If your room is large enough to physically accommodate seven speakers and a subwoofer while leaving enough space so that the sound is not overwhelming, you might consider a modest 7.1 surround sound system. A dual receiver amplifier will cost $400, and you’ll need to spend at least $50 for all the brackets you will need. That leaves $550 for a set of seven inexpensive speakers plus a subwoofer.

$1,500

A $1,500 budget offers you the choice between outfitting a single room with a top-quality 5.1 surround sound set-up, at an average cost of $1,120, or going for a two-room set-up with more modest components, at an average cost of $700 per room.

$4,000

If you’re planning to spend $4,000, your best bet will be to spring for a high-end, out-of-the-box surround sound system. The package will include a central console, all the audio components and hardware you need for sparkling 5.1 surround sound, and instructions that make DIY installation a breeze.

Alternatively, if your priority is adding surround sound throughout your house, you could opt for less pricey components and use that $4,000 outfit at least five rooms with enveloping surround sound.

$6,000

With $6,000 to spend and a large enough space, you could install a top-quality 7.1 surround sound system in one glorious media room. You’ll want to budget $4,000 for a set of seven high-end speakers plus a subwoofer, $1,000 for a high-performing receiver amplifier, and another $1,000 for the brackets and back boxes that can give you a sleek, integrated speaker installation.

How Much Does It Cost to Install Surround Sound Yourself?

Hiring a local surround sound installer will typically cost between $100 and $500. Installers charge an average of $50 to $100 per hour. If they’re just installing and connecting mounted speakers, the job shouldn’t take more than two hours. If they’re putting in a full new system with integrated speakers and running wires through the walls, it can go up to five hours. You can knock that amount off your estimate if you plan to install it yourself. 

You can typically install an out-of-the-box home theater system without much difficulty. If, however, you’re designing your own set-up and would like guidance on speaker placement—or especially if you’d like to hide the wires behind your walls—it may be worth calling in the pros.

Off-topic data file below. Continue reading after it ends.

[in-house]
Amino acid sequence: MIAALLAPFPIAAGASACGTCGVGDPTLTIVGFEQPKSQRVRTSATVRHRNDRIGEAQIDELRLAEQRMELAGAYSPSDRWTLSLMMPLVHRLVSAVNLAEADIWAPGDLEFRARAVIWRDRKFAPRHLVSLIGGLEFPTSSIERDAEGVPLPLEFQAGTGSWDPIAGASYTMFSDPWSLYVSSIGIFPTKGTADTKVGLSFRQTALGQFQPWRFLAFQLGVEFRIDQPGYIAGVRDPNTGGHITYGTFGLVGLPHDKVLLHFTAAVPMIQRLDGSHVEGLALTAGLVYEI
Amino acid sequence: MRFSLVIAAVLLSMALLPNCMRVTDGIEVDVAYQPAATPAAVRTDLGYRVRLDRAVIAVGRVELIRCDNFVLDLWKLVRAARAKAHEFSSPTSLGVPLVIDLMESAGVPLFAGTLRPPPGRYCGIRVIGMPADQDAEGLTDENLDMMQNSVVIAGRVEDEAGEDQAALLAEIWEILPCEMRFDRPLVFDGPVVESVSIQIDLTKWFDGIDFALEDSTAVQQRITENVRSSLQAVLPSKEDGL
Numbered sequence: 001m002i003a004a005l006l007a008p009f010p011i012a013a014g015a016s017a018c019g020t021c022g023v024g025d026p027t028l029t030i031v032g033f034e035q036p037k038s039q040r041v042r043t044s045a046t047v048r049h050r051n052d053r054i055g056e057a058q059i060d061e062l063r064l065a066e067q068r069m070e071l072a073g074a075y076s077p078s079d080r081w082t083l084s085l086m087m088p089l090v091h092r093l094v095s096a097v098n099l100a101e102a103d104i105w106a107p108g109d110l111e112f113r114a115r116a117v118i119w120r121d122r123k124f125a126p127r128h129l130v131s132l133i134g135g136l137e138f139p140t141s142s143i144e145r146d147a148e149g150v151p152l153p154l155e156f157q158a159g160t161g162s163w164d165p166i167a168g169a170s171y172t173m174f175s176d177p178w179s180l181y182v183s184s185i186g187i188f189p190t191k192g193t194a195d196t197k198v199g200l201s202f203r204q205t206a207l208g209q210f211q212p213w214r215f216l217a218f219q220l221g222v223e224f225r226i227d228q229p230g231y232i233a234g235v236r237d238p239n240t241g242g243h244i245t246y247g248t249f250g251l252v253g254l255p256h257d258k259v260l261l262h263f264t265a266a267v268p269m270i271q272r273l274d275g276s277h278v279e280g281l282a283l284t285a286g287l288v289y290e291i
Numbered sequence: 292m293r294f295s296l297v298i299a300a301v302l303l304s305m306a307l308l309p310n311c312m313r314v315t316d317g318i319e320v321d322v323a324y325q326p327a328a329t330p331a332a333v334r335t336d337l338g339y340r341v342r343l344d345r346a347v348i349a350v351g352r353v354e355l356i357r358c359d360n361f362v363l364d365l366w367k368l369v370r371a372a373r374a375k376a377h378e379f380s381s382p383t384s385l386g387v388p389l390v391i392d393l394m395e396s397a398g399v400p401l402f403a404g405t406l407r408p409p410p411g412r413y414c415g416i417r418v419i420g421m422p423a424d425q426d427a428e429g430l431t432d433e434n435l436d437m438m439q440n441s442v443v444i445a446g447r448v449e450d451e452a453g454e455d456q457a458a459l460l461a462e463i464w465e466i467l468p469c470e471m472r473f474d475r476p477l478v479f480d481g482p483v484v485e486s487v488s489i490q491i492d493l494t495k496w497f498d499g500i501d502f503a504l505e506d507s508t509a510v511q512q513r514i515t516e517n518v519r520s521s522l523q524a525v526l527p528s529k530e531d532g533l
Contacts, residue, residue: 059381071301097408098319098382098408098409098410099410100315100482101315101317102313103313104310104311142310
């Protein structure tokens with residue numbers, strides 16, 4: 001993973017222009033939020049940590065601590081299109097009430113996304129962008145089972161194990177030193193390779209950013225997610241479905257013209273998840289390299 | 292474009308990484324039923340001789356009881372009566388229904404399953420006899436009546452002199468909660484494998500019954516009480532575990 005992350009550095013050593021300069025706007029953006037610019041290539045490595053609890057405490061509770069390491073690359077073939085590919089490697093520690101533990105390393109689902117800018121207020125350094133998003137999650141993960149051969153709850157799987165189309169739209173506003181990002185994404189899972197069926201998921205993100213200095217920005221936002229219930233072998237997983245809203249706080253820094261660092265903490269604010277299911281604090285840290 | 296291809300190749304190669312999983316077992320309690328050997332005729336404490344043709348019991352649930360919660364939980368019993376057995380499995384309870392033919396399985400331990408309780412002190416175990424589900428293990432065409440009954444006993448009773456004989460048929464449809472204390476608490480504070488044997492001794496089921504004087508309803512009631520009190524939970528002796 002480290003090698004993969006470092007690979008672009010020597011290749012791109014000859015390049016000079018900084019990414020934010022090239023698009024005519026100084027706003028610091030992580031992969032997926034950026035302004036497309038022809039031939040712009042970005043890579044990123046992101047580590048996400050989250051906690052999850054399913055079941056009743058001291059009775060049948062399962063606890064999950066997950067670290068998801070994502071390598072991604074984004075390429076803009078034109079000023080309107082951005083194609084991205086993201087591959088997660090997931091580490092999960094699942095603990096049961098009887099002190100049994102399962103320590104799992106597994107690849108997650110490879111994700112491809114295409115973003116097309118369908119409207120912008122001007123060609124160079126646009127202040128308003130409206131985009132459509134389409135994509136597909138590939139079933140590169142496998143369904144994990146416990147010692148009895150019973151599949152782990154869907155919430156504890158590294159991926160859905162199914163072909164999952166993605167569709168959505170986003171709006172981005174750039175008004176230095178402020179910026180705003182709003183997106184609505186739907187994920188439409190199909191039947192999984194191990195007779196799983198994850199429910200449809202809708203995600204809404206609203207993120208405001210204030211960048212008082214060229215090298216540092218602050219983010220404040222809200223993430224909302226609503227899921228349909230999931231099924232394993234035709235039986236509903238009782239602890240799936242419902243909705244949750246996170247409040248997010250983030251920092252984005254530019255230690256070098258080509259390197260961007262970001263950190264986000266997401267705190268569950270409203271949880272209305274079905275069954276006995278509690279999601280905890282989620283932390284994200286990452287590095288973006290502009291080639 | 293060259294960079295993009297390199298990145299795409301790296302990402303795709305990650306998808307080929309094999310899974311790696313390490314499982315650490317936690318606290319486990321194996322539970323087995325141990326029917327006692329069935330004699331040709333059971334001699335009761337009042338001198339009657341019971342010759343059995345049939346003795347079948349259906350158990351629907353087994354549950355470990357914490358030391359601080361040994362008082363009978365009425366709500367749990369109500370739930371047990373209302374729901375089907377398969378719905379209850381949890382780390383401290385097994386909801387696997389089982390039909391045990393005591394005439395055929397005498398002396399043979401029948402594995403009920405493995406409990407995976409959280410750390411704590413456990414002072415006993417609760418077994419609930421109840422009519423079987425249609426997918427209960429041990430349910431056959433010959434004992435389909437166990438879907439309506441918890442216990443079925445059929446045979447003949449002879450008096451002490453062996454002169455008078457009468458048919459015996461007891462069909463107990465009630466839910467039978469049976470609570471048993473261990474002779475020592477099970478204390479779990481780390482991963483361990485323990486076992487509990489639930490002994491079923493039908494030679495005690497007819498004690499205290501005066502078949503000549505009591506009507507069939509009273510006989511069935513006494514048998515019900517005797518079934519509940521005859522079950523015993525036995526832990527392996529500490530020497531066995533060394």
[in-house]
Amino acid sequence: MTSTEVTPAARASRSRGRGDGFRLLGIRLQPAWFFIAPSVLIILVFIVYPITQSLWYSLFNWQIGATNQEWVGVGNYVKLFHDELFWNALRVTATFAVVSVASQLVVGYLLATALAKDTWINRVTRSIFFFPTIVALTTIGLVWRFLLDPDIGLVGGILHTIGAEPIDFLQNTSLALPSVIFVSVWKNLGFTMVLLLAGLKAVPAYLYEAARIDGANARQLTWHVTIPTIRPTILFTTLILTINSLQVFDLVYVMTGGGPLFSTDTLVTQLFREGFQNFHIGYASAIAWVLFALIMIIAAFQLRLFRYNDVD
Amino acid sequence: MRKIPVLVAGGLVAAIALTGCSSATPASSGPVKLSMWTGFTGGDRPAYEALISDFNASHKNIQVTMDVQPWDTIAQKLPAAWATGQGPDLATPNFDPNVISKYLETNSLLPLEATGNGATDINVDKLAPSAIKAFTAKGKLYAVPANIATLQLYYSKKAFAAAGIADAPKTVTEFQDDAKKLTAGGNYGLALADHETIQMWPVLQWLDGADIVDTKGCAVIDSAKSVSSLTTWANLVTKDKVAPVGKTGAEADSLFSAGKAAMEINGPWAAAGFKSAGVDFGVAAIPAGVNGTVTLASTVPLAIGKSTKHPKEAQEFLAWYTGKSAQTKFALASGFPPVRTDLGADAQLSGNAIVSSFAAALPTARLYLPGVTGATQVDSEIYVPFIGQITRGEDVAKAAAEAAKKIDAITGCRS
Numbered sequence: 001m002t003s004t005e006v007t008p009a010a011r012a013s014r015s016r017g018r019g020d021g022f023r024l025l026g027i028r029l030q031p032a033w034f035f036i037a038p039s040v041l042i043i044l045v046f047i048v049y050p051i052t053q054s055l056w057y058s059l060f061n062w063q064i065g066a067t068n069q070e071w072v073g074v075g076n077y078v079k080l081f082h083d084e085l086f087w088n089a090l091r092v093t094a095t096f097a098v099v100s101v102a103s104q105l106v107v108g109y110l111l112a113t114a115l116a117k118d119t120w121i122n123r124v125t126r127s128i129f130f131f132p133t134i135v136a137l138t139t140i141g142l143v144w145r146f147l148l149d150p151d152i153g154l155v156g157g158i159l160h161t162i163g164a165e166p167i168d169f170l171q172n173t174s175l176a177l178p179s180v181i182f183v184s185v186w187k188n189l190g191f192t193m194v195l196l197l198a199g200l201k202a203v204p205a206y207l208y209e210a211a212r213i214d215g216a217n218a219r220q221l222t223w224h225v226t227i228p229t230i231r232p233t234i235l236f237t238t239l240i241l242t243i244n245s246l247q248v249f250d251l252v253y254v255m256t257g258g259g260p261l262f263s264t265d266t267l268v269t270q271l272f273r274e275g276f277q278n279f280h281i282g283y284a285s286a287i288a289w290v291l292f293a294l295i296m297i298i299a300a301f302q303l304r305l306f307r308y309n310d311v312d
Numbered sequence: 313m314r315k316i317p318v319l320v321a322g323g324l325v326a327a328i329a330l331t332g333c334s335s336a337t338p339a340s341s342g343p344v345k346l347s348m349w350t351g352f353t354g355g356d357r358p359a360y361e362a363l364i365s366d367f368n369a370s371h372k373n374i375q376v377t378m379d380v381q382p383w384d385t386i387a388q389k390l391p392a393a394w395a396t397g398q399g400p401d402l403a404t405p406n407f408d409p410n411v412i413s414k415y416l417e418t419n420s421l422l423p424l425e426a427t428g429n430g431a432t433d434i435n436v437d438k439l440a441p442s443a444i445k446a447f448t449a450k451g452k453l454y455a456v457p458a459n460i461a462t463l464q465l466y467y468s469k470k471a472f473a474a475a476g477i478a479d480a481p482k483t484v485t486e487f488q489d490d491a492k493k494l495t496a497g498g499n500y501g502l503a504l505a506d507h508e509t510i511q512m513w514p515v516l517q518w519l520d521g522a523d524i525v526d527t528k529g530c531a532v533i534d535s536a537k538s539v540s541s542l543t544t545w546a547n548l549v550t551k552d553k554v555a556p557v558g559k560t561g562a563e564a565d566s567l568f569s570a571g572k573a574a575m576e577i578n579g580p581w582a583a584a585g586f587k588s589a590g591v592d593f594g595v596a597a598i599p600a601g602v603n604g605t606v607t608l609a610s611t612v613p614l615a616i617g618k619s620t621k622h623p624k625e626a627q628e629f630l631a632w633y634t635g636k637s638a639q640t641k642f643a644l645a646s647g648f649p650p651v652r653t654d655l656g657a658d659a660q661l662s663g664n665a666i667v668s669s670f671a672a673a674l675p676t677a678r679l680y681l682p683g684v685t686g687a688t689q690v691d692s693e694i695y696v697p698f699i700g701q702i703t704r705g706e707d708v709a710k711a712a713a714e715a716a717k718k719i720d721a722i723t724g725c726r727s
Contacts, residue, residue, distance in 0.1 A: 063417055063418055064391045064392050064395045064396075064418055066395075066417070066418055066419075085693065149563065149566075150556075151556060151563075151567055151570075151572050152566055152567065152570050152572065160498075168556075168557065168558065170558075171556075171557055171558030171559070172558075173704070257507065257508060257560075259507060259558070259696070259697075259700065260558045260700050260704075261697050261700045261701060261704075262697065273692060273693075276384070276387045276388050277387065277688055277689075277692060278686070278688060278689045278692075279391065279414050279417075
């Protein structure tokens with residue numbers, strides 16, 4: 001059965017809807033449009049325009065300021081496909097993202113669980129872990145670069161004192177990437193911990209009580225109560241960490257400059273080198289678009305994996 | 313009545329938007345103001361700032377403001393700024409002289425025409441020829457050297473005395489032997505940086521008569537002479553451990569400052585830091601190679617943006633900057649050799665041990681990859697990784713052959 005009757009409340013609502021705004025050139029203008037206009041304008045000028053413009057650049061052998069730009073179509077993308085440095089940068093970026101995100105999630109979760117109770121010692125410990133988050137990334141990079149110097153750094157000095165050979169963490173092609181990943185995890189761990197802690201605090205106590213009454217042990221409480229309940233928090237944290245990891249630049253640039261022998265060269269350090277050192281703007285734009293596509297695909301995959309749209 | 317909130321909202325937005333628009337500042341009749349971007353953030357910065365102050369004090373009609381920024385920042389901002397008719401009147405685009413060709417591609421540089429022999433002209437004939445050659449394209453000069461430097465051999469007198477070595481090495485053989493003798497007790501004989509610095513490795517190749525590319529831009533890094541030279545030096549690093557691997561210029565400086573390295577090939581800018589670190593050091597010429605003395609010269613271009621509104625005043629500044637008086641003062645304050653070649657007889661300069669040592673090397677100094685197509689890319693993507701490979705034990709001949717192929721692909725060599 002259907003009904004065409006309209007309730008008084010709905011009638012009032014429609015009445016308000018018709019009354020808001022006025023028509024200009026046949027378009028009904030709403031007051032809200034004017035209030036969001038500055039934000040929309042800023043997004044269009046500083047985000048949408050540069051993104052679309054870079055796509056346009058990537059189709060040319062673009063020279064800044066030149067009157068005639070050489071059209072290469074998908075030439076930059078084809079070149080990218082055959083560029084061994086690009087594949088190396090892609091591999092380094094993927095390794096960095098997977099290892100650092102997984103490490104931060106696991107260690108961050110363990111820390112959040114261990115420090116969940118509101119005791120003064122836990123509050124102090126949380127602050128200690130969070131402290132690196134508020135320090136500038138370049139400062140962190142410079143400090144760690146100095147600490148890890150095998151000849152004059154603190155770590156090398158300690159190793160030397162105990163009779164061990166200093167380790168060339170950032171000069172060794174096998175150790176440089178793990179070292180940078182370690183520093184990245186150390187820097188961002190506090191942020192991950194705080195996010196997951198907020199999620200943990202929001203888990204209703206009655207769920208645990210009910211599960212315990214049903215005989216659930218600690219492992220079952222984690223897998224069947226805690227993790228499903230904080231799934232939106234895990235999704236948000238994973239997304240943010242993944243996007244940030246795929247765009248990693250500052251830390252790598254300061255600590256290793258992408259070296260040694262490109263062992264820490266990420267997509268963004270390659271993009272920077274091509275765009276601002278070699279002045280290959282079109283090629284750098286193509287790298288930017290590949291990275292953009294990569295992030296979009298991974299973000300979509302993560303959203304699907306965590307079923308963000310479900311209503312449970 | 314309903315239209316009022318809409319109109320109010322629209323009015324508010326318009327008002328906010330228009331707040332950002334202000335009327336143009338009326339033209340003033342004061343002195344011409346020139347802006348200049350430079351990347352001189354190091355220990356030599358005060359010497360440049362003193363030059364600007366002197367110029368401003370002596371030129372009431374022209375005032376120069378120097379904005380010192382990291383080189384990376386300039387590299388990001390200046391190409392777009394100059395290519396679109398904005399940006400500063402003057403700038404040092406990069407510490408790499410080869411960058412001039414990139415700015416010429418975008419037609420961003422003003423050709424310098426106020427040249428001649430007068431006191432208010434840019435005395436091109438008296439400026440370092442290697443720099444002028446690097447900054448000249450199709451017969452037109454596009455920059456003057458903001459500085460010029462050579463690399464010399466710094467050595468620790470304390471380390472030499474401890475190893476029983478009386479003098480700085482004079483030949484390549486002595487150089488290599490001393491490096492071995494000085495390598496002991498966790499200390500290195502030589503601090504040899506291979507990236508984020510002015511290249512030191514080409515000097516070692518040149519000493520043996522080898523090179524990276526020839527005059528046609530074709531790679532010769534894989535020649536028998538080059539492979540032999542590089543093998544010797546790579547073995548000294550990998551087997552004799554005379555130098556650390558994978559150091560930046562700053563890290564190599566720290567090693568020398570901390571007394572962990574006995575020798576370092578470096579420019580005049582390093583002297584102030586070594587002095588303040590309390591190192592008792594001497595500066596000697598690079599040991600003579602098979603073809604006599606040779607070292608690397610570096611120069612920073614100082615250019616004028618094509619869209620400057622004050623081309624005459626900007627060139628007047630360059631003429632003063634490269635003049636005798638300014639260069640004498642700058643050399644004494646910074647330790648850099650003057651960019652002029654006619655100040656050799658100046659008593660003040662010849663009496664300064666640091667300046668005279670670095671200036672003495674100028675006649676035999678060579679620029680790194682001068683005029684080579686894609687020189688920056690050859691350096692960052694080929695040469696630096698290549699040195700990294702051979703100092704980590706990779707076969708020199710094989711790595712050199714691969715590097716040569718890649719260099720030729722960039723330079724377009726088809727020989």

Surround Sound Installation Cost Breakdown

A full surround sound system contains a number of different elements.

  • Speakers: $50–$500 apiece

  • In-wall wiring: $35–$75 per wire

  • Brackets: $10–$30 apiece

  • Back boxes: $30–$50 apiece

  • Amplifier: $300–$800

  • Smart Hub: $500+

  • Installation: $100–$200 total

What Factors Influence the Cost to Install Surround Sound?

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Your decisions about some crucial variables will affect the final cost of your surround sound system.

Number of Rooms

Surround sound systems are designed to function properly within one room, not multiple rooms. If you want to add surround sound to your whole home, rather than just a media room, you can expect to pay between $500 and $1,000 per room.

Wired or Wireless

Many newer surround sound systems function with wireless connectivity, but if you’re buying an older or higher-end model with wiring and you wish to conceal them from view, expect to pay an additional $35 to $75 per wire.

Mounted or Integrated Speakers

As with any speaker installation, you’ll face the choice between mounting them on brackets, shelves, or the ceiling or using cutouts in the walls to keep them out of sight. The latter option, integrated speakers, will add between $20 and $30 per cutout.

FAQs about Surround Sound Installation

Is a soundbar the same thing as surround sound?

A soundbar is a system with multiple directional speakers that mimics but does not match the fidelity and full dynamic range of surround sound. At the highest end, soundbar packages may include a set of additional speakers that can achieve 360-degree sound.

Is surround sound worth the money?

For movies, television, and games that feature surround sound output, no other set-up than true 5.1 or 7.1 surround is capable of matching the fidelity and presence they offer. If, however, music is your audio priority—or you tend to favor older movies and broadcast television unlikely to include surround sound output—you might be better off putting your money towards two high-quality speakers designed to reproduce stereo sound.